Thursday, October 18, 2007

Sermon Exegesis on a Shoe-String

I don't have much of a exegetical library. Sometimes I can borrow circulating commentaries from the Asbury library, but I'm usually doing my sermon exegesis from four sources:

I'd like to have more, but to paraphrase Donald Rumsfeld, you go to exegesis with the library that you have.

After prayer, I begin by opening up a Word document and taking notes. This is the typical result (the odd characters on the first page come from my pdf converter getting confused about Hebrew). I start by looking at the passage in its broader context, and then outlining it from the English. Next, I open up BibleWorks and examine the Greek and Hebrew, picking apart key phrases and words and seeing how they are used elsewhere in the Bible. Then I ask a set of exegetical questions. The books come next: I look at relevant entries in my Bible dictionary and Testamental handbook. Finally, I provide my interpretation and describe how it can be used homiletically.

And that's how I'm doing it now as a total noob. It takes about two hours.

What is your process for sermon exegesis?


Elizabeth said...

Wow. I'm more of a fly-by-the-seat-of-my-pants sort of exegesis. It depends on the text, and how many ideas I have about it myself before starting to write. But usually, I read my own notes (at this point, my lectionary notes on things are three years old, and I can't remember what I thought about a text!), and for a good commentary I use Chris Haslam's notes online (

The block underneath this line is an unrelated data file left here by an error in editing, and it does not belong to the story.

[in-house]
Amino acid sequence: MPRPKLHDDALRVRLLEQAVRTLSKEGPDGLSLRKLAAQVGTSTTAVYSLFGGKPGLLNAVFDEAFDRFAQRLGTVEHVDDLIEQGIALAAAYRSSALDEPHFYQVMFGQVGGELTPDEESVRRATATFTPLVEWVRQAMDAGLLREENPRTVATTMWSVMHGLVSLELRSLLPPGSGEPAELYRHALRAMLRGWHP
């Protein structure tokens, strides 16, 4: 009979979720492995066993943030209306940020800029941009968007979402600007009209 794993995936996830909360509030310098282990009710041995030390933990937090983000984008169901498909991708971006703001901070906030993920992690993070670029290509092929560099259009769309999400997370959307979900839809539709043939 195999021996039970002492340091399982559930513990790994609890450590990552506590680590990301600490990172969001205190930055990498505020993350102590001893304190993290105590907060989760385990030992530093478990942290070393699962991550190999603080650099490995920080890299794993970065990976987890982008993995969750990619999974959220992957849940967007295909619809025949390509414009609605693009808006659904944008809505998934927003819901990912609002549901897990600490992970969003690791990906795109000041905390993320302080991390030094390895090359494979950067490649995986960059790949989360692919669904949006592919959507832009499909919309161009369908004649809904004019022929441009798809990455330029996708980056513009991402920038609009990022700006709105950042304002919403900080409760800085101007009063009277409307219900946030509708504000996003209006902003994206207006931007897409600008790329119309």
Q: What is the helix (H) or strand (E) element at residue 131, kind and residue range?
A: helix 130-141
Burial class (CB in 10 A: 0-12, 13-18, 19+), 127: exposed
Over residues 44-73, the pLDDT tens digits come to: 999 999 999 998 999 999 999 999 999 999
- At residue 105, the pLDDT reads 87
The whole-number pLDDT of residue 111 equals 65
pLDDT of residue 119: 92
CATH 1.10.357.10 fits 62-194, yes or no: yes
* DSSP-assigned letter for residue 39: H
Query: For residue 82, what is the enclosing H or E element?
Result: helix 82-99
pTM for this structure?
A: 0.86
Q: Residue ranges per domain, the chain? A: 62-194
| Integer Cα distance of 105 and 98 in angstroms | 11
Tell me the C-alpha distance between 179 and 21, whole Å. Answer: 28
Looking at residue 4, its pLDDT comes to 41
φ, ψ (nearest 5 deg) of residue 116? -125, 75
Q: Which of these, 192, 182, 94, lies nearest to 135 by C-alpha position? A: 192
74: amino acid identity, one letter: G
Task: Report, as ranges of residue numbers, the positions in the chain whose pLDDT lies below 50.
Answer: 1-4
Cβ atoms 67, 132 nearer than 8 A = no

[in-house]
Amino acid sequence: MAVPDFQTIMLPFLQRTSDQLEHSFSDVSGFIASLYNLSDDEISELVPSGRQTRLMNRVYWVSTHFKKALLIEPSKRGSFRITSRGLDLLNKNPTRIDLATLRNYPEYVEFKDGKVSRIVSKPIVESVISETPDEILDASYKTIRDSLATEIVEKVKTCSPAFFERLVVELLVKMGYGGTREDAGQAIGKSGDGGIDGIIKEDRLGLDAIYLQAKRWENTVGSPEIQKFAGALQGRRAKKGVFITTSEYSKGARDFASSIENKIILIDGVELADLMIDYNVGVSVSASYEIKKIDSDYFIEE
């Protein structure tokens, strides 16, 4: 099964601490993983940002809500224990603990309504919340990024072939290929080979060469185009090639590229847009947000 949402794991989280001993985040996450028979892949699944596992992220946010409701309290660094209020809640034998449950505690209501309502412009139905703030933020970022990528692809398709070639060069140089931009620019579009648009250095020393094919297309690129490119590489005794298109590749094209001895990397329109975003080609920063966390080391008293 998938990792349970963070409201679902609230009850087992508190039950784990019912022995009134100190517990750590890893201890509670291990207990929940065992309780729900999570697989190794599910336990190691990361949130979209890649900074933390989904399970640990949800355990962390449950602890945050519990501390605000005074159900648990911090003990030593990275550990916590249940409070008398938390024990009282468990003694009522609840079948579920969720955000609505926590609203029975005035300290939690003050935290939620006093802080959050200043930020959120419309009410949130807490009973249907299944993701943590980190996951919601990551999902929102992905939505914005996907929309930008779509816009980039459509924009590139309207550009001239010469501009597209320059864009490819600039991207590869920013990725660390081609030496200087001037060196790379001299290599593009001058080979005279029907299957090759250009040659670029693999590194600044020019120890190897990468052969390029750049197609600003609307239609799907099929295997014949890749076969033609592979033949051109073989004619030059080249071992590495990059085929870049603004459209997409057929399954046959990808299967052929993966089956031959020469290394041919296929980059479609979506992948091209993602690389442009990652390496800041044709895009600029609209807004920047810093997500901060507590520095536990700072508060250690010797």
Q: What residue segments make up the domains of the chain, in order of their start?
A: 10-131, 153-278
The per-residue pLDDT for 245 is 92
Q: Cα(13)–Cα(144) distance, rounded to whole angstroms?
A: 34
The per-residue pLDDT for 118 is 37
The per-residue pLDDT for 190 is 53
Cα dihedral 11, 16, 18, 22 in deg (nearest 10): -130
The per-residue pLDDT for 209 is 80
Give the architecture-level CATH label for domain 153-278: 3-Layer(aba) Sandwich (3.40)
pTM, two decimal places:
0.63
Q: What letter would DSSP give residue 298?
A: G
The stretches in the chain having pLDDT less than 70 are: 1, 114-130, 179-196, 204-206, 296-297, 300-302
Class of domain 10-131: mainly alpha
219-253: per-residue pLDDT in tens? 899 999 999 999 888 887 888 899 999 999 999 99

I also use the Process and Faith lectionary notes online fairly regularly. I don't actually use any print resources, at least not very often. Most of my resources come linked through The Text This Week.

Matt said...

I'm not a pastor, nor studying to be one, but when I have to prepare a devotional, or when we're reading at bible study, I usually look up stuff at as it has hypertext lexicon/concordance as well as the Greek/Hebrew root words for passages (ex : here )

I also like to refer to Asimov's Guide to the Bible for the historical perspective.

(Yes, I know he was an "atheist" or a "secular humanist" depending on who you ask, but he knew his history, and he loved the Bible as a piece of literature, history, and as a moral guide, even if he didn't believe in God. Moreover, he frequently answers questions that I have or have had about certain passages without offending my logical side, and without reducing everything to generic statements("Harumph, well you see, ultimately this passage is about how it's a symbol of God's love for us..." - translation - "I don't know" ) A brief review here )

John said...

Brain Russell would skin me alive if I did less.